In the late 18th and early 19th centuries, people believed Australia was a collection of islands. Not so Capt. Matthew Flinders of England. Convinced Australia was a continent, he sailed there in 1790 and again in 1797. During his latter trip, a cat on the ship gave birth to a litter of kittens. One of them was Trim, a jet-black feline with a white star on his chest and four white paws [source: Roberts].
Flinders and his crew quickly fell in love with Trim, impressed with his energy, exceptional balance, intelligence and unusual indifference to getting wet. Over the next few years, Trim accompanied Flinders several more times as he circumnavigated the Australian continent. Flinders even wrote a long essay on Trim's many virtues — for instance he could do many tricks, such as jumping over a seaman's clasped hands.
Then tragedy struck one year when Flinders and his crew had to stop in Mauritius for repairs. The island was controlled by the French, who were at war with England, so Flinders, Trim and another officer were imprisoned. Later Trim was taken away from the men, supposedly to be cared for by a woman. But she quickly lost Trim, who was never seen again. A grief-stricken Flinders promised to erect a memorial to his accomplished cat, but died shortly after his seven-year imprisonment and before fulfilling his promise.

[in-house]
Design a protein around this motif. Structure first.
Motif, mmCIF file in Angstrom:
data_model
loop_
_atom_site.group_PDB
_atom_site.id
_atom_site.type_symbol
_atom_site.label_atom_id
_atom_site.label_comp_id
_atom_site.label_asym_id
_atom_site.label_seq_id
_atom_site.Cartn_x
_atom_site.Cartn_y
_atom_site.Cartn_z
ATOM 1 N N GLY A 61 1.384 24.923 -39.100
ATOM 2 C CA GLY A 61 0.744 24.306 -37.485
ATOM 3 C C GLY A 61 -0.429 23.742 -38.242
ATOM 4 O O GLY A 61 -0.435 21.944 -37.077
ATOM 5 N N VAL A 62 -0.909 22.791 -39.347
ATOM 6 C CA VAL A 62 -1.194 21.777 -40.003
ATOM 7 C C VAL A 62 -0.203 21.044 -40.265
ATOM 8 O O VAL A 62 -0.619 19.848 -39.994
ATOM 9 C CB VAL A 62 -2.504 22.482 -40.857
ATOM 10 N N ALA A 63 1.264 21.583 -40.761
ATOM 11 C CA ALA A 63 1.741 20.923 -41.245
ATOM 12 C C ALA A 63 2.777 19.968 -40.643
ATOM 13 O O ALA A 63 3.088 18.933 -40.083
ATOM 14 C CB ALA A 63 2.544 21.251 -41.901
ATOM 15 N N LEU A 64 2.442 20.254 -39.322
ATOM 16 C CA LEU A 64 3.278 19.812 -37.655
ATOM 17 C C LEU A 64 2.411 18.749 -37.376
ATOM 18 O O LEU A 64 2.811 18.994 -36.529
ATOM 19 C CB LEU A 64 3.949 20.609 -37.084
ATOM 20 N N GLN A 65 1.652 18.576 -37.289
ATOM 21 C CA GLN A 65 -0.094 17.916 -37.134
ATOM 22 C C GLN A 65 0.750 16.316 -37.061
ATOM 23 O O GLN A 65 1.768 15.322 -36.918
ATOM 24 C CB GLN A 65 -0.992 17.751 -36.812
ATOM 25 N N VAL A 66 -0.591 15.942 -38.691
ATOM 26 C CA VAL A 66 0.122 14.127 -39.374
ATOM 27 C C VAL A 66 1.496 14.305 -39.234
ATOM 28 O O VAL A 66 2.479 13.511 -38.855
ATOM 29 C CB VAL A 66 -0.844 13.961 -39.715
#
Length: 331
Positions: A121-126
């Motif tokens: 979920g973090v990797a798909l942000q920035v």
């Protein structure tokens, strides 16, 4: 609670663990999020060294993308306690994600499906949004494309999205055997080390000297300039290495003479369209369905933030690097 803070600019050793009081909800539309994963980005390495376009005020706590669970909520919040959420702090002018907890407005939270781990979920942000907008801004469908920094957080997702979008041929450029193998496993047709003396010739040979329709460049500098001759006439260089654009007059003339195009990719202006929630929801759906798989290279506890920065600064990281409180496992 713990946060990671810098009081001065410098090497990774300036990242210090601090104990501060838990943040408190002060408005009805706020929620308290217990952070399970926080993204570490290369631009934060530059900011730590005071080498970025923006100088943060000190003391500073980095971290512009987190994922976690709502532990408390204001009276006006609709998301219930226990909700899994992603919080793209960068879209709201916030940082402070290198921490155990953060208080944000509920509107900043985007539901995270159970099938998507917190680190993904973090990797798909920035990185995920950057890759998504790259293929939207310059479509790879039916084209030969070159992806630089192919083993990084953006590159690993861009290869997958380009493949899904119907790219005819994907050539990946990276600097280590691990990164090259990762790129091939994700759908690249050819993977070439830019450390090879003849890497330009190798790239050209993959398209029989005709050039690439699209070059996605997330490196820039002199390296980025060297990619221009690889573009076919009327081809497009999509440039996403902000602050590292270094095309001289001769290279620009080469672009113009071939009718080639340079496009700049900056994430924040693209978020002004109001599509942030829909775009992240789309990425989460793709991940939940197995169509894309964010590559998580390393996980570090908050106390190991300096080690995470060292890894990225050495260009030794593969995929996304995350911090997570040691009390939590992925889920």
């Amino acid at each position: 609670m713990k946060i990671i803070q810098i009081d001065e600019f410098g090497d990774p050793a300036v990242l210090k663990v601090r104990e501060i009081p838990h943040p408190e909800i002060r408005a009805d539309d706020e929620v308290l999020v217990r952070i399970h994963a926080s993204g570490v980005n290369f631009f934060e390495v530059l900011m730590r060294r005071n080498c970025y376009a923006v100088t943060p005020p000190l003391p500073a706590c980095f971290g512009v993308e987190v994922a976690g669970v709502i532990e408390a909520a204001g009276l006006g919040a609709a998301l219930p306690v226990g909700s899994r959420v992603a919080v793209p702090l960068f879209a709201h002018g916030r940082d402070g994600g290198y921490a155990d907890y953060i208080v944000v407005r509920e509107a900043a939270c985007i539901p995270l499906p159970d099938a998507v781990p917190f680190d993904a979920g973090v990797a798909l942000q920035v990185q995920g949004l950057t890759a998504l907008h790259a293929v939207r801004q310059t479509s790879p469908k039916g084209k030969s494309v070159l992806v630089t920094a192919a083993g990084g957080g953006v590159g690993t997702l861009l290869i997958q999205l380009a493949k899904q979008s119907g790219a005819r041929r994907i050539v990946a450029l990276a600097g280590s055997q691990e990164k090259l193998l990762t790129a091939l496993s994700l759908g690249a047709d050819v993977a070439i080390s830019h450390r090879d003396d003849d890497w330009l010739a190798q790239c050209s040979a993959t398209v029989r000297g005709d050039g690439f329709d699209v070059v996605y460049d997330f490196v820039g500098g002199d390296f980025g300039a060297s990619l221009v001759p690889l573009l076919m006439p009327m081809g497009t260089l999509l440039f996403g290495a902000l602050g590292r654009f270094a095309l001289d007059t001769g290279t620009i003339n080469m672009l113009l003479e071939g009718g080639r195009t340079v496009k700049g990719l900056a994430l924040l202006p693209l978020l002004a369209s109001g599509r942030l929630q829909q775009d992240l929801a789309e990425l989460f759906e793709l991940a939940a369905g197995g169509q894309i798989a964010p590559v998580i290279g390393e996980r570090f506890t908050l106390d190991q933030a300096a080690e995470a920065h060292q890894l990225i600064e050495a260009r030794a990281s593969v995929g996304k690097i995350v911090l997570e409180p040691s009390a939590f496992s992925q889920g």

Flinders and Trim were both eventually honored for their maritime achievements. In 1925, a statue of Flinders was erected at Australia's State Library of New South Wales; an accompanying bronze statue of Trim on a window ledge directly behind Flinders' memorial was built in 1996. Trim's statue is very popular, as is the library's café, named in his honor.